Interaction of cytosolic adaptor proteins with neuronal apolipoprotein E receptors and the amyloid precursor protein

Marion Trommsdorff, Jean Paul Borg, Benjamin Margolis, Joachim Herz

Research output: Contribution to journalArticle

466 Scopus citations

Abstract

Apolipoprotein E, α 2-macroglobulin, and amyloid precursor protein (APP) are involved in the development of Alzheimer's disease. All three proteins are ligands for the low density lipoprotein (LDL) receptor-related protein (LRP), an abundant neuronal surface receptor that has also been genetically linked to Alzheimer's disease. The cytoplasmic tails of LRP and other members of the LDL receptor gene family contain NPxY motifs that are required for receptor endocytosis. To investigate whether these receptors may have functions that go beyond ligand internalization, e.g. possible roles in cellular signaling, we searched for proteins that might interact with the cytoplasmic tails of the receptors. A family of adaptor proteins containing protein interaction domains that can interact with NPxY motifs has previously been described. Using yeast 2-hybrid and protein coprecipitation approaches in vitro, we show that the neuronal adaptor proteins FE65 and mammalian Disabled bind to the cytoplasmic tails of LRP, LDL receptor, and APP, where they can potentially serve as molecular scaffolds for the assembly of cytosolic multiprotein complexes. FE65 contains two distinct protein interaction domains that interact with LRP and APP, respectively, raising the possibility that LRP can modulate the intracellular trafficking of APP. Tyrosine-phosphorylated mammalian Disabled can recruit nonreceptor tyrosine kinases, such as src and abl, to the cytoplasmic tails of the receptors to which it binds, suggesting a molecular pathway by which receptor/ligand interaction on the cell surface could generate an intracellular signal.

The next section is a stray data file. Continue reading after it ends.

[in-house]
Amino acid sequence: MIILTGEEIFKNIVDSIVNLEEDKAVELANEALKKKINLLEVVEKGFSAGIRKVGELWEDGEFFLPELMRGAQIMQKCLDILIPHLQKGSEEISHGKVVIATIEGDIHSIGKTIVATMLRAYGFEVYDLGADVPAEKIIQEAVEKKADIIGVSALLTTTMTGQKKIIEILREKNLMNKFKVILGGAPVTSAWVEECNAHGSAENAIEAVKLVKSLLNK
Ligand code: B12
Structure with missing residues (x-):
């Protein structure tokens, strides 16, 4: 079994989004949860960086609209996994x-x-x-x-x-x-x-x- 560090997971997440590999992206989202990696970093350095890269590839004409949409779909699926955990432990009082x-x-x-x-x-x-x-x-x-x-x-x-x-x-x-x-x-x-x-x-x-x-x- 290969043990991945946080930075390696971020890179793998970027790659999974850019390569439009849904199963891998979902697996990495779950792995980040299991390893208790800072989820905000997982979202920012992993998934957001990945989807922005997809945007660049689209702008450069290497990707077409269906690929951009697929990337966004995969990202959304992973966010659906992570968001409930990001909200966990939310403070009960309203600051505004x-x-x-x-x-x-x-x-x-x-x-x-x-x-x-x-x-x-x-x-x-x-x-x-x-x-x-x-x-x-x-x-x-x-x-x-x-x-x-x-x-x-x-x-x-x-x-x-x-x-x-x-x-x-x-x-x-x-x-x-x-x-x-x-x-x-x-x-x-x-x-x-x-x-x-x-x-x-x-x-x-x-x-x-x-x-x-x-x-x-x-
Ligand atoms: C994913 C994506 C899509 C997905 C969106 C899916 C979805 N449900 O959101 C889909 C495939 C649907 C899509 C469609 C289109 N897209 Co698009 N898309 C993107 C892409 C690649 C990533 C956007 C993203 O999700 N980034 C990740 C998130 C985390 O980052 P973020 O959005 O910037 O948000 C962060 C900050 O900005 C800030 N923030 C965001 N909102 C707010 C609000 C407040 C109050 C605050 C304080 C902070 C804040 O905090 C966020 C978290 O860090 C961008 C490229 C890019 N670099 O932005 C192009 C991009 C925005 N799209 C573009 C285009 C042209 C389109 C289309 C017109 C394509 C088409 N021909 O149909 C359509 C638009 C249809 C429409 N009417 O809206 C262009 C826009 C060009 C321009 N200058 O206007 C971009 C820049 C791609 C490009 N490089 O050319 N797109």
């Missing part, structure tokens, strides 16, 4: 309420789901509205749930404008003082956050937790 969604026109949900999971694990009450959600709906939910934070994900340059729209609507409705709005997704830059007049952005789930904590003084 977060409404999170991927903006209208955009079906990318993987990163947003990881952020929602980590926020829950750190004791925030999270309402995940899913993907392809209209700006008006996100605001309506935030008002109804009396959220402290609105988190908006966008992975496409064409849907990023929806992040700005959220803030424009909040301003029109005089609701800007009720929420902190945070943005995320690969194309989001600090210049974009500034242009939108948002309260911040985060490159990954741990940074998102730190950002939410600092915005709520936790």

Original languageEnglish (US)
Pages (from-to)33556-33560
Number of pages5
JournalJournal of Biological Chemistry
Volume273
Issue number50
DOIs
StatePublished - Dec 11 1998

ASJC Scopus subject areas

  • Biochemistry
  • Molecular Biology
  • Cell Biology

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